- Associated Press - Wednesday, February 1, 2017

CONCORD, N.H. (AP) - New Hampshire Republican Kelly Ayotte didn’t vote for President Donald Trump and won’t get to vote for his Supreme Court nominee after losing her U.S. Senate seat in November. But Ayotte will help Neil Gorsuch navigate the confirmation process.

Ayotte has been tapped by the Trump administration to introduce the federal appeals court judge from Denver to senators and escort him to meetings and the confirmation hearing.

Trump nominated Gorsuch on Tuesday to replace Antonin Scalia, who died last year. The vacancy has gone unfilled since the GOP Senate leadership refused to hold hearings on the Obama nominee.

The role for Ayotte is a prominent one for someone with a decidedly rocky relationship with the new president.

For months last year, Ayotte supported Trump without endorsing him. She called him a role model for children during one debate but took it back the next day. And when old recordings of Trump bragging about forcing himself on women surfaced in October, she rescinded her support altogether and said she’d write in Vice President Mike Pence for president instead.

In late November, Trump told The New York Times “No, thank you,” when asked about Ayotte working in his administration. That apparently has changed.

“The president’s not holding some kind of test about what degree of support you had for him. He wants the best and brightest to continue to serve this country in whatever capacity they can,” White House spokesman Sean Spicer told reporters Wednesday.

“I think Senator Ayotte very helpfully offered up her services. She’s got a lot of relationships on both sides of the aisle; she’s got a tremendous amount of experience in this field, and I think the president thought she was extremely qualified to do this,” he said.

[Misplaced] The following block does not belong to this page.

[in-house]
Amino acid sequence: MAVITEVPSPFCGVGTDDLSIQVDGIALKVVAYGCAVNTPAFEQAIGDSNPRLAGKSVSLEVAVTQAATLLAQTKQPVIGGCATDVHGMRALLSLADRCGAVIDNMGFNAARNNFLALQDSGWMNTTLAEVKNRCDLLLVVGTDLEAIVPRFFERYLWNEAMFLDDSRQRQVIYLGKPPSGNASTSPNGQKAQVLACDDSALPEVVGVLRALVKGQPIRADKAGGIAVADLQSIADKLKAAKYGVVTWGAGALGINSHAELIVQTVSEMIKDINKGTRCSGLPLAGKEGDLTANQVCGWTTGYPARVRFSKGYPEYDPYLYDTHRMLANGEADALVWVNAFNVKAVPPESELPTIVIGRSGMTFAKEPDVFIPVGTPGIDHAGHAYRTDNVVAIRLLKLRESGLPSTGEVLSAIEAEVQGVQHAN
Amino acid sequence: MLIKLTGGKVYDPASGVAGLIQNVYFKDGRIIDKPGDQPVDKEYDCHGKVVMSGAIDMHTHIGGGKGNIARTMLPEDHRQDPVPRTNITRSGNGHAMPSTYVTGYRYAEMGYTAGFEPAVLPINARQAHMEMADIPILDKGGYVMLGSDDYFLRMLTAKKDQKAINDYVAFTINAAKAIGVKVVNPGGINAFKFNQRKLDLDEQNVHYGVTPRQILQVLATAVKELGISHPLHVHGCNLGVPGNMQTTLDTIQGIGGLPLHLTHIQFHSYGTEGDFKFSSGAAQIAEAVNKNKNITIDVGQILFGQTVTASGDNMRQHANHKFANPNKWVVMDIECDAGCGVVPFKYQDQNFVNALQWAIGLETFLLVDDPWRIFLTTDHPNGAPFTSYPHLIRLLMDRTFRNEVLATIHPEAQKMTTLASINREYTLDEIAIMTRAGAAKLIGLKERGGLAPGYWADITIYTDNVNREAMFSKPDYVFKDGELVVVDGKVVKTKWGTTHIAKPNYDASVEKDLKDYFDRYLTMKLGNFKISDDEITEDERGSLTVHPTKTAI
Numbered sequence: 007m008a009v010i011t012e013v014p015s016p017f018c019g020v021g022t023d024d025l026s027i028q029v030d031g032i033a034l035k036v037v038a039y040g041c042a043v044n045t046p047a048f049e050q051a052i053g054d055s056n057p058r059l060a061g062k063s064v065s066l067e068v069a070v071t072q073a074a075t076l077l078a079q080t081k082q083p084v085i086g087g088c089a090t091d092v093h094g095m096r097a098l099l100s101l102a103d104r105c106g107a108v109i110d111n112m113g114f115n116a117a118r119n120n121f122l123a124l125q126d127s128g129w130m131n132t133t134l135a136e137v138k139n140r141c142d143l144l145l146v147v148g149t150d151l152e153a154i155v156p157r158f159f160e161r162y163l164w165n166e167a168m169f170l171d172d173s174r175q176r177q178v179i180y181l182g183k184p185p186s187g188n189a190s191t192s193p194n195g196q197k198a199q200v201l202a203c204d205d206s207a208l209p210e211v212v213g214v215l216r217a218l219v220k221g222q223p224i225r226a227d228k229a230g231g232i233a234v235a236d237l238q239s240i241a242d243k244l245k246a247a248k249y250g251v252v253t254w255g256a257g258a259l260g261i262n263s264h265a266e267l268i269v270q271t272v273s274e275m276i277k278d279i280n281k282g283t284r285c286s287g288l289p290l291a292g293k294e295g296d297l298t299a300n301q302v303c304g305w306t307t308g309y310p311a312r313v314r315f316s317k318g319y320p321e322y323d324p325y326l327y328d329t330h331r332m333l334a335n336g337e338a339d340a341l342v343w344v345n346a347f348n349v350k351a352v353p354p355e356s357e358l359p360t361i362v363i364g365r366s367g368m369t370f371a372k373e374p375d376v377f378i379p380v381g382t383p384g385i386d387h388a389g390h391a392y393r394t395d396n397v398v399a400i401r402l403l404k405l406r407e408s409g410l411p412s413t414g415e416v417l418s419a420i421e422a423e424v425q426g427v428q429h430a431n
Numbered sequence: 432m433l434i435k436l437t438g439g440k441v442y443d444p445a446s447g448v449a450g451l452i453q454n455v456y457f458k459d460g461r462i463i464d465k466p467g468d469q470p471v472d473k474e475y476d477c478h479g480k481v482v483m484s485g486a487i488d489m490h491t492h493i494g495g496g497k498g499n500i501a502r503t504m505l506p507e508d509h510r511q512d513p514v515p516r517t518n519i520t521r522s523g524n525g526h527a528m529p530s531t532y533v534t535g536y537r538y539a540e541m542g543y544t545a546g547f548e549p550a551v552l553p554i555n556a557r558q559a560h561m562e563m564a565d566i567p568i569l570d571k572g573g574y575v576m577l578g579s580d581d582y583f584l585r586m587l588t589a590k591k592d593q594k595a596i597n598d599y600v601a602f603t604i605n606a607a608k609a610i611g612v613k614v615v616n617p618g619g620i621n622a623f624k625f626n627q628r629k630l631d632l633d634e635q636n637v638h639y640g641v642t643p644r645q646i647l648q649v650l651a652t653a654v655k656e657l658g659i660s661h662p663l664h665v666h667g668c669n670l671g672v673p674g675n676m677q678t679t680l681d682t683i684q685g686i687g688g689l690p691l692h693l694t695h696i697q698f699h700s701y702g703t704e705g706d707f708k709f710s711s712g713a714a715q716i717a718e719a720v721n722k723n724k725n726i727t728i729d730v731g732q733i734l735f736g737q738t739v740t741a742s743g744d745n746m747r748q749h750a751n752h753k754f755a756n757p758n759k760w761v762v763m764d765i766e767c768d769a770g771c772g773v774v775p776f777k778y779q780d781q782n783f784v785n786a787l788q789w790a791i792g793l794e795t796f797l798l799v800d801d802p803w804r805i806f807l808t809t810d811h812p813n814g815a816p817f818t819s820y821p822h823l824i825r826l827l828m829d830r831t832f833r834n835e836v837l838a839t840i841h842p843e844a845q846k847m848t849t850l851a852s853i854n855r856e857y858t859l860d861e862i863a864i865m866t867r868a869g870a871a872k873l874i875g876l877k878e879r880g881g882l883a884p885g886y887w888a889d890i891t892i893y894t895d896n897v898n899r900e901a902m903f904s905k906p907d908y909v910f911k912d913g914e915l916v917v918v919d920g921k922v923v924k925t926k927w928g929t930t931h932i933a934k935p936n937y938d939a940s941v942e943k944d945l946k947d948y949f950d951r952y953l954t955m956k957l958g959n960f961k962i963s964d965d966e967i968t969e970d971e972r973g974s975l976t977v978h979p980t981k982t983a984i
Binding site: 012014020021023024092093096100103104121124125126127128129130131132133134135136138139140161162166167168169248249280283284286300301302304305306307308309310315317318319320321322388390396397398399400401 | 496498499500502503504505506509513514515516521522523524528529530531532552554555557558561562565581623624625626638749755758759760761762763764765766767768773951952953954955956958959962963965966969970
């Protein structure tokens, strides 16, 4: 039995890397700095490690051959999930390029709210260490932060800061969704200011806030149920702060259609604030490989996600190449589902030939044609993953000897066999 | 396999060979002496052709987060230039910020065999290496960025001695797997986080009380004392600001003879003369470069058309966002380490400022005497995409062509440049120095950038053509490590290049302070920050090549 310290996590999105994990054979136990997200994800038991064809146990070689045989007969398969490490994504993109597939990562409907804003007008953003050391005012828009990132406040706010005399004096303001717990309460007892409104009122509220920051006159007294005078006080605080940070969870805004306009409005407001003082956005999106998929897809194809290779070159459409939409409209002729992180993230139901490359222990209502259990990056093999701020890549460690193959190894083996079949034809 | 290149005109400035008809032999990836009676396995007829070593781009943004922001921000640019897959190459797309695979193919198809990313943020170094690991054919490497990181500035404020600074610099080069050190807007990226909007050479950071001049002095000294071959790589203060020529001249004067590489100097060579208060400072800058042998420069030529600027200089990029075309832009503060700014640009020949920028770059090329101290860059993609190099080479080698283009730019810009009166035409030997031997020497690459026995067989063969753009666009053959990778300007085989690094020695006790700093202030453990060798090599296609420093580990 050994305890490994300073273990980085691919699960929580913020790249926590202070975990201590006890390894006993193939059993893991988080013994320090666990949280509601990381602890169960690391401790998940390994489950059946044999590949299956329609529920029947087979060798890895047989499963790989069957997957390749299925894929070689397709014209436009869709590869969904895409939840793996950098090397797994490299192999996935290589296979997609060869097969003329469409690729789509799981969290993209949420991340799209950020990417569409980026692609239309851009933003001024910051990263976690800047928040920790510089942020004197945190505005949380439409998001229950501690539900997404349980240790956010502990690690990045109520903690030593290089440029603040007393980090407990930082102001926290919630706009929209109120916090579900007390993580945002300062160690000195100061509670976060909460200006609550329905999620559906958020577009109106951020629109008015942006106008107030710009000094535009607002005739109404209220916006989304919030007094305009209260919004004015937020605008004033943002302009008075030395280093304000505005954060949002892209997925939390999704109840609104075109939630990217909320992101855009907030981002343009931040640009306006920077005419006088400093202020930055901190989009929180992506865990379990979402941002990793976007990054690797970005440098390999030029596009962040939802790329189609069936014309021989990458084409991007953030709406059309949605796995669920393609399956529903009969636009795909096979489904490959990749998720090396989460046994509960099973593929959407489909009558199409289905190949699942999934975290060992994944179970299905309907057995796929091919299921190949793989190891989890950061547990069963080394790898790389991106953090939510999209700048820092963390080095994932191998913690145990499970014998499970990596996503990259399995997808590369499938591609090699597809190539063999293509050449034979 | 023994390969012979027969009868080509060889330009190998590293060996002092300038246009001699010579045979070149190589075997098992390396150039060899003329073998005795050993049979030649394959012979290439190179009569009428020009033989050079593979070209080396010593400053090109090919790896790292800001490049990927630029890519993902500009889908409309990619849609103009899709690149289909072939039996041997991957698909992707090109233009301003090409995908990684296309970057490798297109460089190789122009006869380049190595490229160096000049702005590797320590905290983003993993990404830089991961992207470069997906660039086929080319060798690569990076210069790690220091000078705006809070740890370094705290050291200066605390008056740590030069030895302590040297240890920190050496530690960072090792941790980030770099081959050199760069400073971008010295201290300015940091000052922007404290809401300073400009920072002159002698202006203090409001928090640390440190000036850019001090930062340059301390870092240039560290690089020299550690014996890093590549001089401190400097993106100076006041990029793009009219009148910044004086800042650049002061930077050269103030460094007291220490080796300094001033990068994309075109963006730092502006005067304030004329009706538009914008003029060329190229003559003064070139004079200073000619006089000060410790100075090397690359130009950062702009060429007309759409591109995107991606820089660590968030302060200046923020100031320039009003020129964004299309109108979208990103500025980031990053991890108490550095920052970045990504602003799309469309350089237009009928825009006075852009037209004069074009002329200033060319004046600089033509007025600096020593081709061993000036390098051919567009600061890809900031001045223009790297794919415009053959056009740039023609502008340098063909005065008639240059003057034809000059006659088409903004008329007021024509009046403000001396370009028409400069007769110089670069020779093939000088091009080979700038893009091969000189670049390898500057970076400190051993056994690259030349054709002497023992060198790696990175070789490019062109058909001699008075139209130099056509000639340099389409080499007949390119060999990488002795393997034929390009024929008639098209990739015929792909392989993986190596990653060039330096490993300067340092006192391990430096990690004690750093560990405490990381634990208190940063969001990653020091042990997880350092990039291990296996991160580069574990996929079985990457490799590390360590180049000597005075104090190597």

Ayotte began her new duties Wednesday, accompanying Gorsuch and Pence to a meeting with Senate Majority Leader Mitch McConnell. She did not respond to a request for comment but in a tweet said she was “honored to work with Judge Gorsuch during the confirmation process” and called him an “excellent choice.”

Last spring, Ayotte was among Republican senators who opposed holding confirmation hearings and a vote on former President Barack Obama’s Supreme Court nominee, Merrick Garland. At the time, she said voters should get a chance to weigh in via their votes in November.

Ayotte lost to Democrat Maggie Hassan by about 1,000 votes in one of the nation’s most closely-watched contests. Since leaving office, she was named a visiting fellow at the John F. Kennedy School of Government’s Institute of Politics at Harvard University.

Both Hassan and fellow Democrat Sen. Jeanne Shaheen said they will thoroughly review Gorsuch’s record. Shaheen said she will not support any candidate “who intends to turn back the clock on civil rights, including women’s reproductive rights and LGBT equality.”

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